Skip to Content

Work-life balance: Think movie, not snapshot

December 7, 2022 4 min read
Ever wish you didn’t have to choose between quality time at work and quality time at home? Since work-life balance is highly personal, we’ve introduced a variety of supports so staff have the tools to find the right mix. 
Parent helping their child with homework at the kitchen table.We’ve always known that balance is important, but since the pandemic, it’s more important than ever. It means something different now; if we look at it holistically, we see that finding balance means focusing on physical, emotional, mental, and financial well-being. Here’s how we support the choices that our staff make for themselves as they find balance in their lives.

Balance fund

To start, we created a “Balance Fund.” This flexible benefit plan allows staff to be reimbursed for up to 50% of expenses for anything that contributes to helping them find their best balance (up to a predetermined annual amount).

For some, it’s a babysitter who allows them to have a night out or a run on the treadmill. For others, it’s slowing down with yoga or a meditation app. Or maybe — and this can feel like an aha moment — balance means simply having someone clean your house or deliver your groceries, so you have more time for what matters the most. These past couple of years have taught us that “balance” looks different for everyone.

Workplace for Your Day

For the past year, we’ve embraced a hybrid approach to work, which we call “Workplace for Your Day” (WFYD). Although we continue to prioritize in-person connections, we realize that it’s no longer necessary for staff to be in the office five days a week. Instead, we ask staff to work with their teams and partners to make the right decision on how to structure their workdays.

Here’s Mark, a tax principal, who’s a big proponent of our WFYD model and is enjoying being back in the office:

“Our business is about relationships. We don’t go to market as trusted virtual advisors behind a computer screen from our basement. We do it through relationships, and those are often best grown and nurtured in-person — whether that’s with clients or colleagues. I’m not in the office every day, but I make sure my teams know when I’m there. And I make it a point to get away from my desk and off the phone to connect with others in the office informally. It might not be a billable 0.25, but it’s worth far more in the long run and can often be a lot of fun!”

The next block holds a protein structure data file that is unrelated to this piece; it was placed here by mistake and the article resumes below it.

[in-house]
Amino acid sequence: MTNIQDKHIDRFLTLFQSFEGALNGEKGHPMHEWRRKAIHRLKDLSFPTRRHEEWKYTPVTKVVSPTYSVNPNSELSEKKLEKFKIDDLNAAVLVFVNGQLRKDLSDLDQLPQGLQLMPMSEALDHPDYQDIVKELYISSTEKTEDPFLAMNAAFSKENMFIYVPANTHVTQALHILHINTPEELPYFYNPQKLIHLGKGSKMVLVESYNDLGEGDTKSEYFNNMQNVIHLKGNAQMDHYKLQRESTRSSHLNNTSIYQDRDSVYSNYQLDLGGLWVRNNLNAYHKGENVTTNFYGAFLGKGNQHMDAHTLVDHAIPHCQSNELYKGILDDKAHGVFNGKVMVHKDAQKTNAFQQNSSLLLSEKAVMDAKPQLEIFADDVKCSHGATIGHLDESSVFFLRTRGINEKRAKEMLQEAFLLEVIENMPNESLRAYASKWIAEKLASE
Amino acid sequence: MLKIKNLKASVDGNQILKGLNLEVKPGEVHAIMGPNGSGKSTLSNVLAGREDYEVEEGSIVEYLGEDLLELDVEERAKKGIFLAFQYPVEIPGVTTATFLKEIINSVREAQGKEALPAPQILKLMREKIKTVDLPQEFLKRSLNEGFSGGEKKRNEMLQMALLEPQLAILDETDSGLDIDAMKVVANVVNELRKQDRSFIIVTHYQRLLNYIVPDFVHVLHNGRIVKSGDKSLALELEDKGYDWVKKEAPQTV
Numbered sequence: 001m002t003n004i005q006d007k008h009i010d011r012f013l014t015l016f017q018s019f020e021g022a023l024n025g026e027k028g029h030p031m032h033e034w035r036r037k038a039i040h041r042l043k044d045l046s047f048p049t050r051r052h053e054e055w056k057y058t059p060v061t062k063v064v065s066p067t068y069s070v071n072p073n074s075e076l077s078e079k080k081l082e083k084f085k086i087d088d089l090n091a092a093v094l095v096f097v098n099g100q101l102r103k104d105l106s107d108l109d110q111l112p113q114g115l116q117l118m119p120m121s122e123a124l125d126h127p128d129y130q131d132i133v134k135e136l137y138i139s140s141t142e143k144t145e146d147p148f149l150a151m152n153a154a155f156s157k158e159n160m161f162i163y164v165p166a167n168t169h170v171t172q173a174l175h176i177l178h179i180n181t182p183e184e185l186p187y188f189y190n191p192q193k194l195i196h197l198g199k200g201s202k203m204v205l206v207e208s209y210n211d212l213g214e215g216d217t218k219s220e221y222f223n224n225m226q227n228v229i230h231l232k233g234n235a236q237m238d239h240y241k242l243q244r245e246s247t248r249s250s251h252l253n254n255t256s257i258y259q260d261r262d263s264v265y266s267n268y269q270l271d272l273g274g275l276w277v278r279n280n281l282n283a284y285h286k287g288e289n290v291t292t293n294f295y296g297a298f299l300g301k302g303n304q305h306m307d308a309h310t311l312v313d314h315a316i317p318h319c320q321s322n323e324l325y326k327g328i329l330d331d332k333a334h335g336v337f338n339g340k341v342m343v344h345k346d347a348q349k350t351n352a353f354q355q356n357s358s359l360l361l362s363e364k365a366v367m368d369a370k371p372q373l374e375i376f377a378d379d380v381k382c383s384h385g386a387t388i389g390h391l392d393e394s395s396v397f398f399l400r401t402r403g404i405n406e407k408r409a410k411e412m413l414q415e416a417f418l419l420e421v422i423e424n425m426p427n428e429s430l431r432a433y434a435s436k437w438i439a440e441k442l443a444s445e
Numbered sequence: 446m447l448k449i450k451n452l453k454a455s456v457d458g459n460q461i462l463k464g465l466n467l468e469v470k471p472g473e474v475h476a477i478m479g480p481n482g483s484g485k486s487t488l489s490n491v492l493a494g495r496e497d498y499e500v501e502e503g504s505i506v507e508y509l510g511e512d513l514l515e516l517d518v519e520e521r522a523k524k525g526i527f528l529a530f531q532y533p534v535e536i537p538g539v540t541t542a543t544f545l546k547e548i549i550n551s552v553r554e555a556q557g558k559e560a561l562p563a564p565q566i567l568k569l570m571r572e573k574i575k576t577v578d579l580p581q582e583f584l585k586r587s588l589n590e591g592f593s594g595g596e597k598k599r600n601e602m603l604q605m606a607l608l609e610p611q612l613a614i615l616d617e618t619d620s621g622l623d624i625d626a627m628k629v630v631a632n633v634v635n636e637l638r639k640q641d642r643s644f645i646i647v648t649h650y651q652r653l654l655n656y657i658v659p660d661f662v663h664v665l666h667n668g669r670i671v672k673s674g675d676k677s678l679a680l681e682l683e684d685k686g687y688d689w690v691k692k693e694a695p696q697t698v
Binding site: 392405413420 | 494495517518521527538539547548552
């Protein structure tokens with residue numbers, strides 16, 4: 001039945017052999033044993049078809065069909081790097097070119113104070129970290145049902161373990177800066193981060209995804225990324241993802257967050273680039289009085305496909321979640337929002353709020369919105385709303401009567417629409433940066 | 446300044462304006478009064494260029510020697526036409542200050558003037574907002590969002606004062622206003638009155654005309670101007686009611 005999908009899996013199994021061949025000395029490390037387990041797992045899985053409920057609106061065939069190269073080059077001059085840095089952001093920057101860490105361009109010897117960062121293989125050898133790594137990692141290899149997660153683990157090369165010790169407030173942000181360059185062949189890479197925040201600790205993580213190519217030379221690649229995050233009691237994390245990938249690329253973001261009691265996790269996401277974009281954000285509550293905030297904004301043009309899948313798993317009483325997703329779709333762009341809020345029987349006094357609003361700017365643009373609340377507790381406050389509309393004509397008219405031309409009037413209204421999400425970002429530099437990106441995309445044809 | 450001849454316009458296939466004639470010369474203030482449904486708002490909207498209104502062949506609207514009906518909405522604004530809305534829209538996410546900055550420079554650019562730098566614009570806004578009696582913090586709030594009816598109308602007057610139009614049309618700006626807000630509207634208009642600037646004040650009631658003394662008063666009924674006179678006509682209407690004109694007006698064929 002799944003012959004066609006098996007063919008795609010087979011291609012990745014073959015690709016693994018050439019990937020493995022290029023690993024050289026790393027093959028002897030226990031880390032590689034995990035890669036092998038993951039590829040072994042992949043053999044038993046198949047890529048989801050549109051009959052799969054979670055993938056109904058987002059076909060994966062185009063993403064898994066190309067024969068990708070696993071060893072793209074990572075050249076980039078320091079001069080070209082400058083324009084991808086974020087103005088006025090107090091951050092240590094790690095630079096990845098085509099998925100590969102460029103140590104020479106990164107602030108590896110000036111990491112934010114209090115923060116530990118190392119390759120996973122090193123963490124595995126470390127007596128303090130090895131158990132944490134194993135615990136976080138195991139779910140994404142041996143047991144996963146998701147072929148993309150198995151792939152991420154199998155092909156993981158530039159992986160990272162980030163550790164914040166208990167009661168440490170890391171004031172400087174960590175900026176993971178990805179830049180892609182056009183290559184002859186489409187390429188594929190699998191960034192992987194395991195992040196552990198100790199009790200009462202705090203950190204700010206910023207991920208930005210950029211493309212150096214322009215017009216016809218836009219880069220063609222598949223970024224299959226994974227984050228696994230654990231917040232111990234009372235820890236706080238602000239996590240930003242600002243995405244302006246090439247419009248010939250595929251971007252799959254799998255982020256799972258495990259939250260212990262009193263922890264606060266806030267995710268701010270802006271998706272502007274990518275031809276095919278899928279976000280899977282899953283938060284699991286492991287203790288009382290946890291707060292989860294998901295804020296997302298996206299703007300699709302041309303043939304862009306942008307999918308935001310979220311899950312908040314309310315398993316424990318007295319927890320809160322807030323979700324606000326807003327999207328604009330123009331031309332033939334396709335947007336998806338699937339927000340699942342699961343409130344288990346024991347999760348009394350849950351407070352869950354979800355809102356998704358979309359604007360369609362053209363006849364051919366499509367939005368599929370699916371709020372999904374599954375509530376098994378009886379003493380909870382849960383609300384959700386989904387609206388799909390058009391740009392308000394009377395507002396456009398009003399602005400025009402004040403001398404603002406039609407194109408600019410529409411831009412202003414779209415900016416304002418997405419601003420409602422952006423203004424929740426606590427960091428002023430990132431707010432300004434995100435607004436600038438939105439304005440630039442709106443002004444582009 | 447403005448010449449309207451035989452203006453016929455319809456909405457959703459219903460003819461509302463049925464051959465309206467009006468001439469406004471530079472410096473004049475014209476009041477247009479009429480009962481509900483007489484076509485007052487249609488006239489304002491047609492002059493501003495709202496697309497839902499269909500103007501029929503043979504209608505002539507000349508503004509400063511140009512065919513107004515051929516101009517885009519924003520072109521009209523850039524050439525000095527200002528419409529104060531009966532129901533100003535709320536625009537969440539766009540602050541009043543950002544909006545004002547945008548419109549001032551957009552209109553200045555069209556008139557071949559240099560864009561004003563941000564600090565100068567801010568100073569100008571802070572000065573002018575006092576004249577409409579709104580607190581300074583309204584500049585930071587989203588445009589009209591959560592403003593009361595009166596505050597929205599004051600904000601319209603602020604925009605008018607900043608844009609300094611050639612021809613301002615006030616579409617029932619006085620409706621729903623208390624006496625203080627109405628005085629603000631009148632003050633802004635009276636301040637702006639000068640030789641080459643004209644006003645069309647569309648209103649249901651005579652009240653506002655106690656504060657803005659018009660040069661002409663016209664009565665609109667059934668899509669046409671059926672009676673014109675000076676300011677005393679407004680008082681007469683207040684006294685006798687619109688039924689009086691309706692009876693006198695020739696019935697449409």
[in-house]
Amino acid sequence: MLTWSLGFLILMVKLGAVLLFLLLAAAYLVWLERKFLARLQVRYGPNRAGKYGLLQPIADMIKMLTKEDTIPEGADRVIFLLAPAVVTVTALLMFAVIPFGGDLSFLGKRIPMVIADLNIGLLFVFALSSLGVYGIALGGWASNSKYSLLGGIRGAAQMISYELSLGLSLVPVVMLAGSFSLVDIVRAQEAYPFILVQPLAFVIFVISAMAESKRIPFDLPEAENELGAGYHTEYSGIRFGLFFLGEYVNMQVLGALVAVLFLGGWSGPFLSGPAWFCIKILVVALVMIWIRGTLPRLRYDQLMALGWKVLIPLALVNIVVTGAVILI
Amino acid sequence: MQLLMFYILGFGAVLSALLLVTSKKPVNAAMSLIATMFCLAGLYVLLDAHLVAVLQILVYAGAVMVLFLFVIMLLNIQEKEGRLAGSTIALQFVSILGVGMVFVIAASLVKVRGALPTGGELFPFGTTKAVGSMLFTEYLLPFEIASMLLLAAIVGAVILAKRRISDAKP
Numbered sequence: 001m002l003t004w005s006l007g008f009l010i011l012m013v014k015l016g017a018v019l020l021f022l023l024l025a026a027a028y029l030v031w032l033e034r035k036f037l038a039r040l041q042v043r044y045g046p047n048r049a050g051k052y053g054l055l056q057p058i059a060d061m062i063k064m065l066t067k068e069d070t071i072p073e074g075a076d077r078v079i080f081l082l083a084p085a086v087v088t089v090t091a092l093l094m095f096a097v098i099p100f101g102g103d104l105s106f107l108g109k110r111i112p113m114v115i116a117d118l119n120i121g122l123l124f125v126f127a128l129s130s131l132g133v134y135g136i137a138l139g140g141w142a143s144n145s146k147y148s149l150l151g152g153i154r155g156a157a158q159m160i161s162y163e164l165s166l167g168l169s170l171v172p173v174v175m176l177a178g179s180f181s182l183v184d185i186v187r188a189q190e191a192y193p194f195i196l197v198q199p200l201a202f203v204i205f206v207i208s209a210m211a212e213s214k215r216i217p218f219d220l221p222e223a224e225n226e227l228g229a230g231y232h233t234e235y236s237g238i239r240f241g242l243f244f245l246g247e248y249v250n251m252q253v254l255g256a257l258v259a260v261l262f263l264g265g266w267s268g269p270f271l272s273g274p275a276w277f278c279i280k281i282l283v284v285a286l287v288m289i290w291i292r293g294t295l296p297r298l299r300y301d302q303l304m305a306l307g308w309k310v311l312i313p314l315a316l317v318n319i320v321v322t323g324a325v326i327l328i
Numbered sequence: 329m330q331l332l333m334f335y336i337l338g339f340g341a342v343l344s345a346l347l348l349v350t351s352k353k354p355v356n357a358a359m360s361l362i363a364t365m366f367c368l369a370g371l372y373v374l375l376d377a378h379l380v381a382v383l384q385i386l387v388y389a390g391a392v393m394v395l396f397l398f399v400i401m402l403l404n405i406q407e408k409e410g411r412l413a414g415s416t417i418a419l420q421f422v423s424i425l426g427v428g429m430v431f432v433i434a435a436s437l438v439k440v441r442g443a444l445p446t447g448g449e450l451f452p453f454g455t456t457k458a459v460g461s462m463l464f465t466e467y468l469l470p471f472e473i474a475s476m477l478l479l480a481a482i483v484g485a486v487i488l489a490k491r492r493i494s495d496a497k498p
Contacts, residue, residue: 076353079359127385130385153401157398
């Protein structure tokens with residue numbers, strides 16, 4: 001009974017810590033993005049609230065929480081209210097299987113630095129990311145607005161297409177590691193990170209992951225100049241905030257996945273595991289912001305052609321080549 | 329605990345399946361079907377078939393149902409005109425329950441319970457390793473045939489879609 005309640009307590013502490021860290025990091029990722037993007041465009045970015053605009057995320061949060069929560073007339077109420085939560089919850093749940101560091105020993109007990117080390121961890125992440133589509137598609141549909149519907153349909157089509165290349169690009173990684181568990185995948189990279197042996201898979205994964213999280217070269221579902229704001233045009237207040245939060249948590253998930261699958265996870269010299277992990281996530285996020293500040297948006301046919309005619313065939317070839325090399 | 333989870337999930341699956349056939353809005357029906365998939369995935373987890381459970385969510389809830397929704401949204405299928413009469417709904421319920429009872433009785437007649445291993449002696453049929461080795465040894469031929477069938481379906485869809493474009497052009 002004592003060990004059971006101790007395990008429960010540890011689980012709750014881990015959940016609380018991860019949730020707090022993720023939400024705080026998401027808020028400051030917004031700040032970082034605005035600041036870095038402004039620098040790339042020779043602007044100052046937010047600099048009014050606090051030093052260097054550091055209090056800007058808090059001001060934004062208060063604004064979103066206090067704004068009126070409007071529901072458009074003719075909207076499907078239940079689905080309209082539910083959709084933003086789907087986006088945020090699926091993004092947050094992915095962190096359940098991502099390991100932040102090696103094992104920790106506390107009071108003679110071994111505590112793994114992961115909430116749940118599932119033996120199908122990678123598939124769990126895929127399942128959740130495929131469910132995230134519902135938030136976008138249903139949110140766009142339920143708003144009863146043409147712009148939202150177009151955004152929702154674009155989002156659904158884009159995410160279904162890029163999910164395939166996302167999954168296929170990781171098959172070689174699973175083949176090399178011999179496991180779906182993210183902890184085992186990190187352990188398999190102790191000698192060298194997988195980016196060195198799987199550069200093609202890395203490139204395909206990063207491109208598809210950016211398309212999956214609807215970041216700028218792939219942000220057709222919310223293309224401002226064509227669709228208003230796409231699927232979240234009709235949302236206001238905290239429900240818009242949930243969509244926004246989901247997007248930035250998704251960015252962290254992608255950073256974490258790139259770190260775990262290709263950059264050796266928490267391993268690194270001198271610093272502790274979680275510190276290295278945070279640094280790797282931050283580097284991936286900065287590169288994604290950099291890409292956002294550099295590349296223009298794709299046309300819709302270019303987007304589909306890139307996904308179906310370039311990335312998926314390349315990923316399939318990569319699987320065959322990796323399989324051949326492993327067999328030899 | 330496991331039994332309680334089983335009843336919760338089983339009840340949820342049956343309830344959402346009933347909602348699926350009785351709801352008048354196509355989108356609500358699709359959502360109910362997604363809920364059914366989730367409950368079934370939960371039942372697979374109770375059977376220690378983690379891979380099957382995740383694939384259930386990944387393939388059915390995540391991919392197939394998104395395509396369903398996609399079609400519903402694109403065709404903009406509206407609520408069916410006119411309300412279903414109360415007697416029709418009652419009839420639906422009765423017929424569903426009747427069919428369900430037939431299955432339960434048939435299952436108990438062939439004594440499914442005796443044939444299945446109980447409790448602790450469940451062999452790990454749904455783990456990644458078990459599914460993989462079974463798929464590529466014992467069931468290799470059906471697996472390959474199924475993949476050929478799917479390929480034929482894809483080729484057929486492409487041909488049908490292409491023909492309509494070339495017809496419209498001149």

Balance takes support

Co-founder Frank Moran used to say, “The whole person comes to work.” Since Frank’s time, balance has been baked into the firm’s culture with its inclusion in our foundational Statement of Principles.

The Principle of Balance goes like this: “It is our intent to provide an atmosphere where balance is sought and celebrated: balance between work and family, between work and play, between professional accomplishments and personal pursuits, between head and heart, and between individual freedom and the good of the team. Inherent in this is the understanding that balance varies for each staff member and is a lifelong, constantly changing challenge.”

To uphold that “whole person” principle, we have a committee dedicated to helping staff find and keep their balance. Our WorkFlex Committee champions serve as a resource for staff and, as they become aware of changing needs or things we need to address, they bring suggestions to the management team for discussion and action.

Finally, we have programs and policies to help staff find balance as they navigate life events, from the big ones, like a wedding, to the small but no less important obligations, like a doctor’s appointment.

A few of the more notable supports include:

  • Flexible time off (FTO). Our FTO policy allows staff to take time off when they need it most with no need to bank time or worry about PTO availability, provided work objectives continue to be met. With a traditional PTO bank, concern about available time off could distract staff from what’s really important: their well-being.
  • Enhanced parental leave. Our leave of absence policy includes a six-week paid parental leave for all new parents, including moms, dads, and adoptive parents. This is in addition to the six to eight weeks of short-term disability benefits the firm provides to birth parents.
  • Alternative work arrangements. Many staff tailor their work schedules. Arrangements are based on particular circumstances, and can include telecommuting, compressed workweeks, part-time schedules, and putting in extra hours during tax season with reduced summer schedules.

Ongoing support

The definition of work-life balance continues to evolve. We recognize that finding that balance isn’t always going to be easy, which is why we’re proud to be a firm that emphasizes flexibility, balance, and a variety of supports to ease whatever challenges our staff face.

After all, just when you think you’ve achieved that perfect work-life balance — you guessed it: something changes. Each day will be different. Some days maybe you can do it all. On other days, you’ll need to focus in one area or take that well-deserved break. So, be kind to yourself and try to take a longer view.

Related Thinking

closeup of team members faces when working
September 11, 2019

At Plante Moran, you won’t hear the “E” word

Article 1 min read
Photo of Eric Wydra
March 14, 2019

Tax Partner Eric Wydra makes an art of work-life balance

Photo of Sue Novak
March 14, 2019

It had to be better than “40 hours or nothing”: One woman’s quest for work-life balance

Article